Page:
New technology being developed by GE is almost ready for potential general release!
Quoted from BBC website (http://news.bbc.co.uk/1/hi/technology/8021012.stm)
A disc that can store 500 gigabytes (GB) of data, equivalent to 100 DVDs, has been unveiled by General Electric.
The micro-holographic disc, which is the same size as existing DVD discs, is aimed at the archive industry.
But the company believes it can eventually be used in the consumer market place and home players.
Blu-ray discs, which are used to store high definition movies and games, can currently hold between 25GB and 50GB.
Micro-holographic discs can store more data than DVDs or Blu-ray because they store information on the disc in three dimensions, rather than just pits on the surface of the disc
The challenge for this area of technology has been to increase the reflectivity of the holograms that are stored on the discs so that players can be used to both read and write to the discs.
Brian Lawrence, who leads GE's Holographic Storage said on the GE Research blog: "Very recently, the team at GE has made dramatic improvements in the materials enabling significant increases in the amount of light that can be reflected by the holograms."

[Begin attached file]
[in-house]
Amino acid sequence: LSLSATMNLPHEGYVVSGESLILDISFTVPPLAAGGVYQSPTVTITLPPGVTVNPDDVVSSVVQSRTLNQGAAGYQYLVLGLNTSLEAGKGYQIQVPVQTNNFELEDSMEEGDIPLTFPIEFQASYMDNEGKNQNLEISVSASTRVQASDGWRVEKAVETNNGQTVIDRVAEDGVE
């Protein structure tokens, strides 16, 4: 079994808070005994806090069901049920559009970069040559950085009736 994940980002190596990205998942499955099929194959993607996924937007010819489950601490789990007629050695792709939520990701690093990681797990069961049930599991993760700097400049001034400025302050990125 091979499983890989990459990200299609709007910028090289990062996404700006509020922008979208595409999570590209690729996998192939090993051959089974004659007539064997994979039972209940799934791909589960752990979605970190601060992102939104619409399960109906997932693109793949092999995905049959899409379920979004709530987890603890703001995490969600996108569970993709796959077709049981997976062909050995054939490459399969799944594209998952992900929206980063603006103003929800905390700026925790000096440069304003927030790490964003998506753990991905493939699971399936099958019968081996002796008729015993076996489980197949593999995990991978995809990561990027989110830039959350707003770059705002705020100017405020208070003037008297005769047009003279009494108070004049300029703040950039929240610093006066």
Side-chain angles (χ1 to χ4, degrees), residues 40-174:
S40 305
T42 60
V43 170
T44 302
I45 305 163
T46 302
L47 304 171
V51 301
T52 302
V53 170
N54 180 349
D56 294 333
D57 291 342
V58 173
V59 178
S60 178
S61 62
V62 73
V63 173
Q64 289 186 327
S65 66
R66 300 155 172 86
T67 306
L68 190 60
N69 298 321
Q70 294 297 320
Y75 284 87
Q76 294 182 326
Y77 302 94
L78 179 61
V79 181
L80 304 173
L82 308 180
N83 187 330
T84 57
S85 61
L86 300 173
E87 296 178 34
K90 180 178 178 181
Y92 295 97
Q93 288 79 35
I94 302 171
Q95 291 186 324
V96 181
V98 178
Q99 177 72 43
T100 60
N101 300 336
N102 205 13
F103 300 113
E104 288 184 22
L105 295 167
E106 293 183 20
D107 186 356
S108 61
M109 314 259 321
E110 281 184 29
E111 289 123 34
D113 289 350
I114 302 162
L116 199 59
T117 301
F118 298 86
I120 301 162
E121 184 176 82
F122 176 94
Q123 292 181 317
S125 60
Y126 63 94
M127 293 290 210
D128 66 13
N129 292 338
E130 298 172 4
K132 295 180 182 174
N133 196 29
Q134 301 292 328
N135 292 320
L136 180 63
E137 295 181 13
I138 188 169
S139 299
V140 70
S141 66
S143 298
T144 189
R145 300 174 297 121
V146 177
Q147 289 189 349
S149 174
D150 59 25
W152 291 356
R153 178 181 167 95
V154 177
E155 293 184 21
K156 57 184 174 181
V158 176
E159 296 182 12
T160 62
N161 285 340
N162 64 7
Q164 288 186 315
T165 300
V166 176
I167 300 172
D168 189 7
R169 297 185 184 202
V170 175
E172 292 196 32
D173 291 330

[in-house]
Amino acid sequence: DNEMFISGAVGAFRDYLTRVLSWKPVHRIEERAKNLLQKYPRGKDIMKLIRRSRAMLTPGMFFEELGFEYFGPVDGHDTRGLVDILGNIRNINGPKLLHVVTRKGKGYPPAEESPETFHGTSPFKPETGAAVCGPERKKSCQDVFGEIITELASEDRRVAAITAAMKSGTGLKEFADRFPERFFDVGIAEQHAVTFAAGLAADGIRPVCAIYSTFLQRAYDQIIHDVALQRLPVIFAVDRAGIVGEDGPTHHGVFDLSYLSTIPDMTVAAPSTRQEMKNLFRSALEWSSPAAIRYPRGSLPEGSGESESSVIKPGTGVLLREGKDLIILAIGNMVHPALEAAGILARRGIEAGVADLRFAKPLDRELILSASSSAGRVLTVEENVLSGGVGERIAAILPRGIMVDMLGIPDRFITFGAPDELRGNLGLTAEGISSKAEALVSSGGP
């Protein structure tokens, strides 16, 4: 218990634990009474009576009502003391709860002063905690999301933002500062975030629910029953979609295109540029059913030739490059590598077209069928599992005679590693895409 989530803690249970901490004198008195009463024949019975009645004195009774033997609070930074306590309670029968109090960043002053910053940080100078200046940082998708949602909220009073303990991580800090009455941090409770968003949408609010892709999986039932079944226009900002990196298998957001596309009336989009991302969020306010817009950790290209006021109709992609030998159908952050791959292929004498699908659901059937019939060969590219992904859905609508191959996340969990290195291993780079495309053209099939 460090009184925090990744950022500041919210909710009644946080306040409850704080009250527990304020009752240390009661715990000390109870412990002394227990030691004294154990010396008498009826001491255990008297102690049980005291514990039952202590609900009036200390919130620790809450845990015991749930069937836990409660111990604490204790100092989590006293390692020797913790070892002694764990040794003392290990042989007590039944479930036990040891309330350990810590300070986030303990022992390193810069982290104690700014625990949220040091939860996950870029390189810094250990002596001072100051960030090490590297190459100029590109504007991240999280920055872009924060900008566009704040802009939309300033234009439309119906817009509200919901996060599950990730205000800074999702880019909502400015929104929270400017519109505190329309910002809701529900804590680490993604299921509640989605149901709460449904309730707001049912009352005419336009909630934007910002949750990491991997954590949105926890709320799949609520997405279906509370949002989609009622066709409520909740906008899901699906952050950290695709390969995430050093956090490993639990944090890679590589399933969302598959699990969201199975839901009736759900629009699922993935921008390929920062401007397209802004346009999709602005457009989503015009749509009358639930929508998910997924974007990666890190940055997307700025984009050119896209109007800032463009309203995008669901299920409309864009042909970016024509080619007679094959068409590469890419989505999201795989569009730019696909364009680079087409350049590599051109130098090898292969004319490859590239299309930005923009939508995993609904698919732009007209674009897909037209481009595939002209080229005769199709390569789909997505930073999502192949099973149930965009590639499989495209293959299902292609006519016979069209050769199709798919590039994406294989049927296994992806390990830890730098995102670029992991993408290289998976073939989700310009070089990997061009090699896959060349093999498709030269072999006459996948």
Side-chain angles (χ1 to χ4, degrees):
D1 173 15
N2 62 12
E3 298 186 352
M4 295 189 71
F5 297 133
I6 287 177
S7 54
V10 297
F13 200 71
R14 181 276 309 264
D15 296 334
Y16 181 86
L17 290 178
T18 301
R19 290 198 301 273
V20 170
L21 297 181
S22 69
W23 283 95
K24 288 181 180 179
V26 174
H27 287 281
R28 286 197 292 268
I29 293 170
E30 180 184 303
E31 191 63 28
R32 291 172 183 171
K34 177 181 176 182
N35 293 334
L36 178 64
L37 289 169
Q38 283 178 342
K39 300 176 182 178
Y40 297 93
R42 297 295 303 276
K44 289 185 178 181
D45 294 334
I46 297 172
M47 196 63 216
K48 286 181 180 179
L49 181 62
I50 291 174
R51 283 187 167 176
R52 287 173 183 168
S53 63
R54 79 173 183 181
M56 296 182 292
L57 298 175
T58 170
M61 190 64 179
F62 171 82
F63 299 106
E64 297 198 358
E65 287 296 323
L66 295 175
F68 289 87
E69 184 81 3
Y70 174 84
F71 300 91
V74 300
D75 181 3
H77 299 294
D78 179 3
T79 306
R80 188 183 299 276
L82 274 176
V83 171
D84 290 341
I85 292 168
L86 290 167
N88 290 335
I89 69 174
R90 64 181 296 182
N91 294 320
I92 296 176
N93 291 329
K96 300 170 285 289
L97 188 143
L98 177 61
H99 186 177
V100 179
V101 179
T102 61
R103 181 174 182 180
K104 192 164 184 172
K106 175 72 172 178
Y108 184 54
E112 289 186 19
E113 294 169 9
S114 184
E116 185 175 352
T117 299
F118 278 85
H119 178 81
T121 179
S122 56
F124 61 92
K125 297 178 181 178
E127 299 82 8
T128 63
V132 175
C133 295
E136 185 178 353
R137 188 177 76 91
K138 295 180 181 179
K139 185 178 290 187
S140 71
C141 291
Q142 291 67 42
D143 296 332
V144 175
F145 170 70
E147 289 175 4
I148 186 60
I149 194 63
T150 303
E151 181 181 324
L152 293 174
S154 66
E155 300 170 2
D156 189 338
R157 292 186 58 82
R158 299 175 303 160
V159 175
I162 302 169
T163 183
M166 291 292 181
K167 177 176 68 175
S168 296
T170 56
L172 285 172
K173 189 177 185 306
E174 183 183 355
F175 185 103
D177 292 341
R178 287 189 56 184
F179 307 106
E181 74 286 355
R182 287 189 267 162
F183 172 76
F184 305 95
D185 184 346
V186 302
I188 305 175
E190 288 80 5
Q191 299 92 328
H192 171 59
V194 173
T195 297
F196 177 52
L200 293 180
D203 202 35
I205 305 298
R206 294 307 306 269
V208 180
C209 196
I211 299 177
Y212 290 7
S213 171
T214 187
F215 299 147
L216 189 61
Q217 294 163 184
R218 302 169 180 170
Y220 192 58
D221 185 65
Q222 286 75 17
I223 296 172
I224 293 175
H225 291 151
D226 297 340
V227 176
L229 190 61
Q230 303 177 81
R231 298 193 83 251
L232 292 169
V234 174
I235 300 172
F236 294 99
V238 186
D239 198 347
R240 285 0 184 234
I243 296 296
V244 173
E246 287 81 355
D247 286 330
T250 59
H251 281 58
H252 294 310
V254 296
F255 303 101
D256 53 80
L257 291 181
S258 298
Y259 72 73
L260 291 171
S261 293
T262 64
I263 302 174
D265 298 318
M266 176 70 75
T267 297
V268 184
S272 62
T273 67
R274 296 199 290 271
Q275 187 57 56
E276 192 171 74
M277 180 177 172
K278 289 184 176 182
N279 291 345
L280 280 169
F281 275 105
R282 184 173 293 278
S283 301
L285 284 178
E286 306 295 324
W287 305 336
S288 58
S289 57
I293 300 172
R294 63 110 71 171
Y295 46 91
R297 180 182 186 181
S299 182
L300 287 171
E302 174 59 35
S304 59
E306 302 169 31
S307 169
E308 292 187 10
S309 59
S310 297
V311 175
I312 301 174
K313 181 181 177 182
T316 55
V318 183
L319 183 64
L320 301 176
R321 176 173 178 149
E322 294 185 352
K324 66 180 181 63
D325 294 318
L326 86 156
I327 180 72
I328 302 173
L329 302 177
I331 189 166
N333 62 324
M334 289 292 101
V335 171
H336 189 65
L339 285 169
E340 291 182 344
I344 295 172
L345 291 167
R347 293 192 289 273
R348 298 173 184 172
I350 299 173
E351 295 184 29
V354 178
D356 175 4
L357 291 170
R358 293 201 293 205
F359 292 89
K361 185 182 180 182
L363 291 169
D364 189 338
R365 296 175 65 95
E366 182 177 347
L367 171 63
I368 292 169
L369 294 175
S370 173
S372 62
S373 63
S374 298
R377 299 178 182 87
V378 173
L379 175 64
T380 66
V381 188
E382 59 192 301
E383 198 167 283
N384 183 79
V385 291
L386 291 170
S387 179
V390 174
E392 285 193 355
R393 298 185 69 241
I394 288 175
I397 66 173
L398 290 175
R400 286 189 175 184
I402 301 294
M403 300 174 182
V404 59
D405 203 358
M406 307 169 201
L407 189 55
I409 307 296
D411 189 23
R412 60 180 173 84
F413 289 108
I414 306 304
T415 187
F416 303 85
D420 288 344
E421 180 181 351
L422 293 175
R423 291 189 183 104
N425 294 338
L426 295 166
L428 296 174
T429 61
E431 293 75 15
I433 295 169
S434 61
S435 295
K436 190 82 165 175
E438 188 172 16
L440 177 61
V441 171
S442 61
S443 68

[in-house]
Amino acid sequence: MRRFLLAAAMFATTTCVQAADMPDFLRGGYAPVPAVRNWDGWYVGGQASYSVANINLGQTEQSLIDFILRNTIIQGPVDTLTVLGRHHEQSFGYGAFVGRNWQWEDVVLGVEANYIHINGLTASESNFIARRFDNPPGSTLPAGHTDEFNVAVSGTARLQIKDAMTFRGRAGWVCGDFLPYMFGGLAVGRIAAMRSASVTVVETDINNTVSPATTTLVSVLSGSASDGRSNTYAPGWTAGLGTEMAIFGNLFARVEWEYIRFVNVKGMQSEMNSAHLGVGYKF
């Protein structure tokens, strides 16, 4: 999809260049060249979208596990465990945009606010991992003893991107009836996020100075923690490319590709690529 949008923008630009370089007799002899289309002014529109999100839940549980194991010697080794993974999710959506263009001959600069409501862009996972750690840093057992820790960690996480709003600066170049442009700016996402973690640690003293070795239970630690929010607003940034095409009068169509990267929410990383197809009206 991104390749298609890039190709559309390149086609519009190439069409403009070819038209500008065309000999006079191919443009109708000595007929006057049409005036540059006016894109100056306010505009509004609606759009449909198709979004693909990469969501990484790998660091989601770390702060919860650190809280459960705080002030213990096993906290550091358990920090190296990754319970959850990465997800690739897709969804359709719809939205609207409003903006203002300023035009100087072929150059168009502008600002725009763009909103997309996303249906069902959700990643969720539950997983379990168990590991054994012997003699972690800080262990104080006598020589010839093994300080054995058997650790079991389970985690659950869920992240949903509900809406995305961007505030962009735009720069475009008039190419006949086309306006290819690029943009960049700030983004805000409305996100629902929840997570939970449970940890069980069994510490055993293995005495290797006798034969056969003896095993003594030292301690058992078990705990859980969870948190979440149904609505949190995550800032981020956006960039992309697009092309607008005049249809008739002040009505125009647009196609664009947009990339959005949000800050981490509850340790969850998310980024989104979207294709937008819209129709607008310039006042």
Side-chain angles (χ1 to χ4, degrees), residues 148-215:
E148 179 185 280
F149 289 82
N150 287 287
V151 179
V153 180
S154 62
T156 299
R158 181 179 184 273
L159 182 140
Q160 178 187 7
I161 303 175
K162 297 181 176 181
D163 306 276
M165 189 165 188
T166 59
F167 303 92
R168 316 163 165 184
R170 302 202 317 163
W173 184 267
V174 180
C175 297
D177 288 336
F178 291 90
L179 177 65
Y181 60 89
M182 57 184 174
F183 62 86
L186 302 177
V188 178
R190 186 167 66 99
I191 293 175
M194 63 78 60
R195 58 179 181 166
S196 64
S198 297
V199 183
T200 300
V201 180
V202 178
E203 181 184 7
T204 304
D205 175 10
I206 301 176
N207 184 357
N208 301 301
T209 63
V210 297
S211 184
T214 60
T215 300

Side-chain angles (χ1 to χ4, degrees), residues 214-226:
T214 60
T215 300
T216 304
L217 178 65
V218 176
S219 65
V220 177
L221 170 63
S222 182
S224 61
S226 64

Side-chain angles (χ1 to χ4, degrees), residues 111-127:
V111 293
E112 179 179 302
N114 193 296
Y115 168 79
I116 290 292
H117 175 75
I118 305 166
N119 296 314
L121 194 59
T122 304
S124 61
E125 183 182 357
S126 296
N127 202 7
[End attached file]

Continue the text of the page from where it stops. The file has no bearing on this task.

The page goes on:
The higher reflectivity that can be achieved, the more capacity for the disc. While the technology is still in the laboratory stage, GE believes it will take off because players can be built which are backwards compatible with existing DVD and Blu-ray technologies.
In a statement the firm said: "The hardware and formats are so similar to current optical storage technology that the micro-holographic players will enable consumers to play back their CDs, DVDs and Blu-ray discs."
''GE's breakthrough is a huge step toward bringing our next generation holographic storage technology to the everyday consumer,'' said Mr Lawrence in a statement.
He added: "The day when you can store your entire high definition movie collection on one disc and support high resolution formats like 3D television is closer than you think.''
Micro-holographic technology has been one of the leading areas of research for storage experts for decades. Discs are seen as a reliable and effective form of storage and are both consumer and retail friendly.
However, General Electric will need to work with hardware manufacturers if it is to bring the technology to the consumer market.
The relatively modest adoption of Blu-ray discs sales globally might be an issue with some companies who believe digital distribution and cloud computing is the long-term answer to content delivery and storage.
"This is truly a breakthrough in the development of the materials that are so critical to ultimately bringing holographic storage to the everyday consumer," said Mr Lawrence.